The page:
they really need to teach personal finance as a series of classes throughout school so people understand money... My engineering college did quite the opposite... they had a personal finance session that was optional for seniors to attend. I went to humor myself. The session was lead by a CAR SALESMAN.. talking about how getting 0% financing may not be as good as the rebates with a 3% rate...

are you F'n kidding me. dont buy a brand new car with a loan right when you graduate. Thats GOOD personal finance. better yet dont buy a brand new car ever. Or i guess you guys keep doing that so i can get a great deal on them used.

To the OP in the end it can be done and you can accomplish your goals. Dont let the people here tell you that you cant. it may take reworking you life a bit and setting expectations with your new wife but if you want to retire by 52 i'm sure you can. Some may say you're sacraficing life and living a boring life.. its not true ... i'm not planning on living on 24k a year. i own a boat i'm not full mustashian but any of his principals you apply will help you get closer to your goals much faster.

rant done....
Old    Phatboypimp (phatboypimp)      Join Date: Apr 2005       05-13-2014, 6:39 PM Reply   
I must admit that I know the least about the cost of child rearing. I think I have reasonable expectations but it will dramatically change my life in many ways. I can tell you that I don't agree (easy to say because I don't have kids) how people spend money on their kids. 95% of the time it is wasteful. I am PLANNING on running my family similar to my father which was the classic "millionaire next door". I prefer a simpler life and financial independence is more important to me than it is to other people - I respect that. I am just always trying to find new ways to do it better.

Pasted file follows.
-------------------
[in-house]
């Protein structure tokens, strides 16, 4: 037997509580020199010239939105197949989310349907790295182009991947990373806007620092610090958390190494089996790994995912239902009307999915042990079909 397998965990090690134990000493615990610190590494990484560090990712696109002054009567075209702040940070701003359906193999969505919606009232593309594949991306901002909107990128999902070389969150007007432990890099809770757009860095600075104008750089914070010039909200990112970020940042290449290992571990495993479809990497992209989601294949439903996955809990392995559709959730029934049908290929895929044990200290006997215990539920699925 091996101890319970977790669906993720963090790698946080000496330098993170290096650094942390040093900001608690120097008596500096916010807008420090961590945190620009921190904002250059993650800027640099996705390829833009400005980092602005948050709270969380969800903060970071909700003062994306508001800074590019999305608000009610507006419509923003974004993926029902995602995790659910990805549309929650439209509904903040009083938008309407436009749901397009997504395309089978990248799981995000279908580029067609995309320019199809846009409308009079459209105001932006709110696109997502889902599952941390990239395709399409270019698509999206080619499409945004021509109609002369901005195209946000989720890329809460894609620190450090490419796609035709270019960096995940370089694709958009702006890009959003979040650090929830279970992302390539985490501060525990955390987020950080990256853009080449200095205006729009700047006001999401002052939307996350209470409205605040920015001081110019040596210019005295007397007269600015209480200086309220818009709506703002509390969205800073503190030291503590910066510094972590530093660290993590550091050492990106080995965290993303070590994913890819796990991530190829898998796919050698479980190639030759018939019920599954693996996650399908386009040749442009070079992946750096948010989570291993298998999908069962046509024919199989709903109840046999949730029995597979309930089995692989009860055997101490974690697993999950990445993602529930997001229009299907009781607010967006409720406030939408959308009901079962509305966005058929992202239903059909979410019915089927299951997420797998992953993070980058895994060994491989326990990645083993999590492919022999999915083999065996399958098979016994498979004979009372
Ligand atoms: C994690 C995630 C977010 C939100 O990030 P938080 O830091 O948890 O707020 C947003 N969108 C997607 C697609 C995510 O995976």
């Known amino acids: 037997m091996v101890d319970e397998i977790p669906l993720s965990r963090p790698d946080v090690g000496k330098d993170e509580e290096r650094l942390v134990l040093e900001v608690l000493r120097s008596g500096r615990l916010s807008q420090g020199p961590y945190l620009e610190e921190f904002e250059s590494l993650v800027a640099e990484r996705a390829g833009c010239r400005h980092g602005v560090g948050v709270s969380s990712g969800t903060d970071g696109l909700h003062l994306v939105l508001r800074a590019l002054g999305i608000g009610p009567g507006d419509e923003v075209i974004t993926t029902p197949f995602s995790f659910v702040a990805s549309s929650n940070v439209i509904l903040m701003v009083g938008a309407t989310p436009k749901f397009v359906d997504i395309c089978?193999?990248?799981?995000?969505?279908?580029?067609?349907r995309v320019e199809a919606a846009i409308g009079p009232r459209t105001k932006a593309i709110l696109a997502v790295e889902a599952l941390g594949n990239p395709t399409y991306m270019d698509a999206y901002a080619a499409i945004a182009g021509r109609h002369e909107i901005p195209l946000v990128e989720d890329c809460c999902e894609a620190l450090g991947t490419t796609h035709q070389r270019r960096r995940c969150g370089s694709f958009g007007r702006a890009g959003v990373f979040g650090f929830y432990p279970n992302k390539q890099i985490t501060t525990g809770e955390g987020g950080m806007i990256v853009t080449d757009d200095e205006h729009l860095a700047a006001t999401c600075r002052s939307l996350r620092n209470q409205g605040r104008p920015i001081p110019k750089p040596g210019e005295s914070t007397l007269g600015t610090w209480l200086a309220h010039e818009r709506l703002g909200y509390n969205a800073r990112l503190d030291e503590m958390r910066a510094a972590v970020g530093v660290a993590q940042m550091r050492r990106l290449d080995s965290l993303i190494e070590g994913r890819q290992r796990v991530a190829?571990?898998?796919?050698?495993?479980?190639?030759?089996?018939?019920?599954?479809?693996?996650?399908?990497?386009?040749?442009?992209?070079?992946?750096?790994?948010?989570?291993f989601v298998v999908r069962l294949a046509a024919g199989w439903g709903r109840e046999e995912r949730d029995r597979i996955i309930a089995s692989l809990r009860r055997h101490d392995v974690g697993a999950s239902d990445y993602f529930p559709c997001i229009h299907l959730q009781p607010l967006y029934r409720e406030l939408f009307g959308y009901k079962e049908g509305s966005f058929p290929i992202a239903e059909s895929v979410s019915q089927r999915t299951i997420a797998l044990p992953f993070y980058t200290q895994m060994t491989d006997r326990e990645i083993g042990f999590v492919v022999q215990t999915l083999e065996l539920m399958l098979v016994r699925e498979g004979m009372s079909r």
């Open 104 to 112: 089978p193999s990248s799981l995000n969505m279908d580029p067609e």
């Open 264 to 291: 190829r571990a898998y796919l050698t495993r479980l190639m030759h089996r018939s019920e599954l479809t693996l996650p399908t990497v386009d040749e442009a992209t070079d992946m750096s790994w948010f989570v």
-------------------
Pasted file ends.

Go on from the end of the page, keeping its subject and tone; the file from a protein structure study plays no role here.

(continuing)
I was just introduced to Mr. Money Mustache by another blog I follow called get rich slowly. He is much more aggressive on spending than I am but I appreciate many of his principals.

I am confident I can retire at 52 if I stay in a similar path I have been in the last 10 years assuming my income, investments and expenses stay in line. Wish I could have some of my 20's back where I burned up every dollar I earned.

I am still struggling on the Life Insurance piece. I am pretty sure I should have more than work offers me but I am not sure how much more. Trying to educate myself and balance the risks in both directions.
Old    Boarder 42 (jhartt3)      Join Date: Jan 2012       05-13-2014, 6:48 PM Reply   
i assume you have more money already saved than the life insurance policy would be worth. how is that not in itself a life insurance policy?
Old    Phatboypimp (phatboypimp)      Join Date: Apr 2005       05-13-2014, 7:08 PM Reply   
Here is the thing with the Life Insurance.....you can buy as much as you want. So if I am looking at a wife - who likely will not be working - "hopefully" two health kids who will go to college - if I die in three years after my kids are born it would be tough to make that money last for the next 18 years. It is a reasonable sum with a 11.9% rate of return over the last 5 years BUT they would likely be drawing on principal and they would eventually run out of money assuming most variables stay the same.